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Protection: Backups

Protection: Backups

Backups are critical since devices regularly fail, break, or get stolen, lost, or corrupted. To develop good backup habits, first you need to decide how much space you need. This comes in three parts: size, frequency, and range of backups.

  • Size: If you’re only worried about backing up important text files and financial documents, the size will likely be small. If you’ll be backing up videos and images, you’ll want something more in the hundreds of gigabytes or few terabytes range.
  • Frequency: In corporate environments, backups are often performed daily or multiple times per day. At home, once a week or even less may be appropriate. It’s up to you. Keep backups often enough that if your computer crashed right before the next backup, it wouldn’t be a crippling loss, but not so often that it’s disruptive to your routines.
  • Range: In a business environment, you may be required to keep certian records for a set period of time, up to 10 years or more in some industries. At home, this is once again personal preference. Do you want at least 6 months worth of backups? 12? More?

Even if your one-time backup is small, keeping frequent copies can add up quickly. I recommend creating your first backup file or folder, looking at the size, then use that information to calculate how much storage space you need based on your desired backup frequency and range.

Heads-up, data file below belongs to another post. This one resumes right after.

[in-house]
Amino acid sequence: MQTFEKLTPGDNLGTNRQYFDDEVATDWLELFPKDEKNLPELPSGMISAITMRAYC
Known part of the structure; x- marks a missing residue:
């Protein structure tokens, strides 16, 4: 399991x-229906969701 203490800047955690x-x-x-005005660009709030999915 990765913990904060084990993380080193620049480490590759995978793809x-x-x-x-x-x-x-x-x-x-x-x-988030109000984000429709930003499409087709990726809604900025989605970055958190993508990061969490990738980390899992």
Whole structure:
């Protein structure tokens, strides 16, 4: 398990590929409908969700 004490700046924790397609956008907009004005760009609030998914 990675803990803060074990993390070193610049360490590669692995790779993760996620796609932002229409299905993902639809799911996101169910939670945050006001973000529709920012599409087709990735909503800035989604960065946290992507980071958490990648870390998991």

Generally speaking, manual backups are frowned upon. It’s far too easy to forget to do them. It is recommended you use some kind of automated backup software when possible. Windows and Mac have features that allow you to automate the backup process including frequency, which files to include, and where to store them. If you decide to manually handle your backups for any reason, be sure to set effective recurring reminders so you don’t forget.

Finally, test your backups. In the IT industry, there’s a saying: if you haven’t tested your backups, you don’t have backups. After first adopting your backup strategy, test out a recovery to ensure you understand how it works and that you did both the backup and recovery correctly. Do a test recovery every so often to ensure that nothing has changed or become corrupted. Nothing is worse than suffering a data loss and finding out that you weren’t backing up what you thought you were or that the restoration process is more confusing than you expected and you did it wrong.

Note: Be sure to encrypt your backup devices - local or offsite - using the instructions in the previous section.

The 3-2-1 Rule

The 3-2-1 Rule is a guideline for considering how to organize your backups effectively. It states that you should have 3 copies of your data - 2 backups plus your live (daily in-use) copy. You should have 2 separate formats for your backups - such as an external hard drive and a DVD. Finally, you should have 1 of those copies offsite, such as in the cloud or at a friend’s house in case of physical damage or disaster at your location. I strongly recommending encrypting all your backups (and other devices), especially your remote copies. Whether it’s a close friend or a cloud provider, you’re entrusting a lot of sensitive data to that location. Perhaps your friend is trustworthy, but someone who comes over and accidentally finds your backup isn’t. In the next section, I’ll discuss some privacy-friendly cloud options.

Privacy-Respecting Cloud Backups

Generally speaking, I advise against using Google Drive, Dropbox, iCloud, or similar services, primarly because they are not zero-knowledge. The exception here is iCloud. As of 2023, iCloud can be optionally encrypted in a zero-knowledge format by enabling the Advanced Data Protection option under Settings > Account (your name at the top of the Settings menu) > iCloud > Advanced Data Protection. Be aware that this does not encrypt everything. You can get more information here. If you must use iCloud, I would consider enabling this a requirement. If you must use one of the other mainstream providers, see below.